|HydroClim Minnesota - December 2003
A monthly electronic newsletter summarizing Minnesota climate conditions and the
resulting impact on water resources.
Distributed on the Wednesday following the first Monday of each month.
State Climatology Office - DNR Waters
WHAT HAS HAPPENED
- November 2003 precipitation totals fell short of normal by one half inch to one inch in most Minnesota counties. This continued a pattern of dryness that began in mid-July 2003. WHERE WE STAND NOW
- the most significant precipitation event of the month was a winter storm that moved through Minnesota on November 22 and 23. With the exception of far northwestern and far southeastern Minnesota, four or more inches of snow fell across the state. Eight to twelve inches of snow was deposited along a 30 mile wide band from Yellow Medicine county in west central Minnesota to Lake county in northeastern Minnesota.
- November mean monthly temperatures across Minnesota were near to somewhat below normal. Record cold minimum temperature records were set in some areas on November 7, 8, and 9. Temperature extremes for the month ranged from -19 degrees F at Embarrass (St. Louis county) on November 8, to 65 degrees F at Mankato on November 11.
- as of December 3, a moderate snow cover blankets portions of north central and northeastern Minnesota. Most locations in these areas have at least four inches of snow on the ground. Snow depths exceeding six inches are reported in all or portions of Beltrami, Koochiching, Itasca, St. Louis, Lake and Cook counties. Snow depths are generally two inches or less in the Red River valley and the southern one half of Minnesota.
- as of November 26, the National Drought Mitigation Center - U. S. Drought Monitor indicated that most of Minnesota was judged to be in the "D1 - Moderate Drought" category. Southeastern and south central Minnesota counties were rated in the "D2 - Severe Drought" to "D3 - Extreme Drought" classification. The NDMC index is a blend of science and subjectivity where intensity categories are based on six key indicators and numerous supplementary indicators.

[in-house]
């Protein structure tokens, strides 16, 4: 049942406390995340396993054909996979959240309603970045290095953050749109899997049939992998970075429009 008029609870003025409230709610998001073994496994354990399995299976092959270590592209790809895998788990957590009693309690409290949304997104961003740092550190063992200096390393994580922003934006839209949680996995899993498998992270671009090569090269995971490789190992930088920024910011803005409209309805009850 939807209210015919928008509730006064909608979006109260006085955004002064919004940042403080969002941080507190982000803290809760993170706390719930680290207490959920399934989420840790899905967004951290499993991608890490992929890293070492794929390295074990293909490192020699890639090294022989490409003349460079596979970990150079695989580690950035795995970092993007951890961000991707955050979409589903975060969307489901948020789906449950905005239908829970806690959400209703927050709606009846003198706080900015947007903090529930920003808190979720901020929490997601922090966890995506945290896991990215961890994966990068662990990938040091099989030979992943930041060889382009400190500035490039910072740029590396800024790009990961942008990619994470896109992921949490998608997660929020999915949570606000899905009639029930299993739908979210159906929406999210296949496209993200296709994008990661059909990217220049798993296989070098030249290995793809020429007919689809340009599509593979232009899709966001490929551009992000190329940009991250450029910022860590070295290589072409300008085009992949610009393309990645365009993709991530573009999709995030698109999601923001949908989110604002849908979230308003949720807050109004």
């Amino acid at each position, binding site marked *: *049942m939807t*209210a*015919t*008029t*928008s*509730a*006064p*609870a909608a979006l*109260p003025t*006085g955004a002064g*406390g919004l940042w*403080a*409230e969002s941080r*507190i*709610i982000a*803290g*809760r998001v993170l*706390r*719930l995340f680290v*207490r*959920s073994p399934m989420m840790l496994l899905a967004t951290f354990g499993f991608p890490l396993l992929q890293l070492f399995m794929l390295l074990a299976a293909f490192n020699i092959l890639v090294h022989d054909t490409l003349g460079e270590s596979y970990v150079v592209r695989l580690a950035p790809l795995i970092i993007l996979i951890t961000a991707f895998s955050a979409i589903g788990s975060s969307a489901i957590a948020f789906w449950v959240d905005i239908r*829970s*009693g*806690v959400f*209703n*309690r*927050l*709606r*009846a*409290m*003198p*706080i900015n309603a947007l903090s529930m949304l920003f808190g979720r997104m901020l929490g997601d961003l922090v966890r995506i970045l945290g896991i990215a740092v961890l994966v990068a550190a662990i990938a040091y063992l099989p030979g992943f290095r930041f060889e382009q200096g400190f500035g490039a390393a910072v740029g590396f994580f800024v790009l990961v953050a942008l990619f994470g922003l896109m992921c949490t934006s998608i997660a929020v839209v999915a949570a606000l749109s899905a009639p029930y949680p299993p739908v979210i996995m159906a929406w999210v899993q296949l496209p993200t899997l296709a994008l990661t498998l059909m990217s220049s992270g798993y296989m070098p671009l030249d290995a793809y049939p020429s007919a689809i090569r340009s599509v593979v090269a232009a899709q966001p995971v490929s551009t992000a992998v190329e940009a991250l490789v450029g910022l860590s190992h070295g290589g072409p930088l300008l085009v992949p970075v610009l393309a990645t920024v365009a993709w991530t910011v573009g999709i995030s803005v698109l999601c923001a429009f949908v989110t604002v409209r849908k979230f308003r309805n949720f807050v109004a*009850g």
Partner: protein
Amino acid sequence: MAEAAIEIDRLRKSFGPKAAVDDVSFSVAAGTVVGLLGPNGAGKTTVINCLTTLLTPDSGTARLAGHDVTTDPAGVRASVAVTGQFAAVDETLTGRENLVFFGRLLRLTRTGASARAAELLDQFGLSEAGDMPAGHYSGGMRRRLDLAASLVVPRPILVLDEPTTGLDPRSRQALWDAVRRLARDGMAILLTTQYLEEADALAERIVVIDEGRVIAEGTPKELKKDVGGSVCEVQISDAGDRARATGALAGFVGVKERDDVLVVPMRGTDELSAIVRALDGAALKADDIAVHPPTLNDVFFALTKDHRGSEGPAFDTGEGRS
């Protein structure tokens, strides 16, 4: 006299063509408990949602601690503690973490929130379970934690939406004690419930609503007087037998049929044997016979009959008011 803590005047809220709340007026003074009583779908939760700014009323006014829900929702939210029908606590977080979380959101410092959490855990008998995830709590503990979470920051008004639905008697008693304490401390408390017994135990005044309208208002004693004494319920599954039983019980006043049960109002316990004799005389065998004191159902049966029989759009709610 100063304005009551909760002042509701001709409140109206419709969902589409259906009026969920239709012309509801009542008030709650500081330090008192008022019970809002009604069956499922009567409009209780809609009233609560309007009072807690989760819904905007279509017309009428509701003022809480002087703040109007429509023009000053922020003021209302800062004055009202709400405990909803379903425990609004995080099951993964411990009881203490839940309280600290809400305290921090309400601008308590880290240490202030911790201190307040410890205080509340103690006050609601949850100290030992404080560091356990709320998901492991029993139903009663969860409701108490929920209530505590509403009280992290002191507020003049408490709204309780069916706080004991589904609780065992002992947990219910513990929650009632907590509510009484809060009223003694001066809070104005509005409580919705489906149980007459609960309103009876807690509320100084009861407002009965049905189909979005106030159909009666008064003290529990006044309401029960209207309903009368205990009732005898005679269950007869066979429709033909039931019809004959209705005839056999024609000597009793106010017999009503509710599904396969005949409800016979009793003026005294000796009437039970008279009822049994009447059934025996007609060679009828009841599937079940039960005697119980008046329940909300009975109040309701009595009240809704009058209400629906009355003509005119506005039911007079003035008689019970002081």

- the Minnesota Agricultural Statistics Service reported in late October that the state's topsoil moisture was 22% very short, 42% short, 34% adequate, and 2% surplus. November snows may have improved topsoil conditions somewhat, but the second and third foot of the soil profile remain extremely dry. Relatively little overwinter precipitation infiltrates into frozen soil. Therefore, early spring rains will be crucial in replenishing the soil moisture reservoir.
- the U.S. Geological Survey indicates that stream discharge values for roughly 20 percent of Minnesota's rivers rank below the 25th percentile for the date. The remainder of the state's rivers rank between the 25th and 75th percentile when compared with historical stream flow data for the date.
- as of early December, Minnesota soils were frozen to a depth of zero to two inches in the south, four to eight inches in the north. Soil frost typically reaches maximum depth in late February.